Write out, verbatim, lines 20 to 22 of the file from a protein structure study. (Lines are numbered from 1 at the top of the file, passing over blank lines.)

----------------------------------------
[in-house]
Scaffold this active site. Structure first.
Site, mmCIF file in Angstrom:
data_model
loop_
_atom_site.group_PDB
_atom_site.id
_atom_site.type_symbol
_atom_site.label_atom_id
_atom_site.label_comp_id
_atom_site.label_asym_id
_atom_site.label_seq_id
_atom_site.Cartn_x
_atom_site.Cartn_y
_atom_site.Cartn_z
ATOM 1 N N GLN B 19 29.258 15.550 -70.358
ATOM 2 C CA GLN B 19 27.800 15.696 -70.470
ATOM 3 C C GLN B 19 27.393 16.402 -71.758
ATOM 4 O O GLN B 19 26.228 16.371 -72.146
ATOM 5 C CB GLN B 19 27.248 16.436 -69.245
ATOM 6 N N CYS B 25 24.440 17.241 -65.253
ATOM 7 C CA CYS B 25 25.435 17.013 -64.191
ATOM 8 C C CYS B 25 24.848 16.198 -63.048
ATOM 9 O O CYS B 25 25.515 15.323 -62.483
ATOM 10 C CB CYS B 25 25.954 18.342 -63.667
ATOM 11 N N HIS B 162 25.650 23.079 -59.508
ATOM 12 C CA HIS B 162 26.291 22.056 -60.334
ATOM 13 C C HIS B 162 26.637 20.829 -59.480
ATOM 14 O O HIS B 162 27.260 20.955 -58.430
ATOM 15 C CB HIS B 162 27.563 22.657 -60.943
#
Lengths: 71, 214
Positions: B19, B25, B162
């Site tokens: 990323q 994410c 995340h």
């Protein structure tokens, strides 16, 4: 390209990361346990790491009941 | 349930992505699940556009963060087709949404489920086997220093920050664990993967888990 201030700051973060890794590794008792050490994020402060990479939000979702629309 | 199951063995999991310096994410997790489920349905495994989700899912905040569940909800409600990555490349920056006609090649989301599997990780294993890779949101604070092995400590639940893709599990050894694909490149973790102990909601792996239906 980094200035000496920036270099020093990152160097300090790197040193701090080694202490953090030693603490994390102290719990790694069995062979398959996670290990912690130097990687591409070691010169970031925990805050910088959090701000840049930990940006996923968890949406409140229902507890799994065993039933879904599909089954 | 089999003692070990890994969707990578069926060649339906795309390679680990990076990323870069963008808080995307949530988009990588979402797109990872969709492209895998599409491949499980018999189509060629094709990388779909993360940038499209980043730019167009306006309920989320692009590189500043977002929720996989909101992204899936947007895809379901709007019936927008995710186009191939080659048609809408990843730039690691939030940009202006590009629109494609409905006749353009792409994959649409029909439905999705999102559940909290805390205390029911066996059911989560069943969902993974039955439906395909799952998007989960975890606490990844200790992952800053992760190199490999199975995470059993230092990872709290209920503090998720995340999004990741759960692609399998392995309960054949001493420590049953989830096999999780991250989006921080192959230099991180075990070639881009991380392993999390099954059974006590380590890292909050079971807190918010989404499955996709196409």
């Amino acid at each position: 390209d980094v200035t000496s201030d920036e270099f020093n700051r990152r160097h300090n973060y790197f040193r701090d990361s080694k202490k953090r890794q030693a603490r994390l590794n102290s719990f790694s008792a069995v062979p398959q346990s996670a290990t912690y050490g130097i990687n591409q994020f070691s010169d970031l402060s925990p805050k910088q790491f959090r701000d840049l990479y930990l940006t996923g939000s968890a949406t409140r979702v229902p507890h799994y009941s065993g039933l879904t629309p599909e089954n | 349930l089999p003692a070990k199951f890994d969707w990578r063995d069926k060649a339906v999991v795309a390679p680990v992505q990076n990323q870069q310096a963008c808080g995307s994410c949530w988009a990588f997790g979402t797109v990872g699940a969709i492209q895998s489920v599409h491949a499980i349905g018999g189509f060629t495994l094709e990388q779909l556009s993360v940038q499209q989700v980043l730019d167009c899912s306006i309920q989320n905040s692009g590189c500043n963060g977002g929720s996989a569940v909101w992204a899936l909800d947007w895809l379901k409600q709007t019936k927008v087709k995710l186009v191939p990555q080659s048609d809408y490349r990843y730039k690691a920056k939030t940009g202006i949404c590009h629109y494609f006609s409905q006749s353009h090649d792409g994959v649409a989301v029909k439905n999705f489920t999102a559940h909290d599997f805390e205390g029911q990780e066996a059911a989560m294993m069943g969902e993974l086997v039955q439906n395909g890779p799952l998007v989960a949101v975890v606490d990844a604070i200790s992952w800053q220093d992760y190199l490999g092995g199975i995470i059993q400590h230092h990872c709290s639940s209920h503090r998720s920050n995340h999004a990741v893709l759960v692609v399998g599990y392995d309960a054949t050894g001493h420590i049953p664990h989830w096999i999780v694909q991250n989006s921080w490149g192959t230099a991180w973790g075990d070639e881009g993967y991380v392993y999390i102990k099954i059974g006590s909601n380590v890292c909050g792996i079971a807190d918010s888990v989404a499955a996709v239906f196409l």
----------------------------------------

ATOM 5 C CB GLN B 19 27.248 16.436 -69.245
ATOM 6 N N CYS B 25 24.440 17.241 -65.253
ATOM 7 C CA CYS B 25 25.435 17.013 -64.191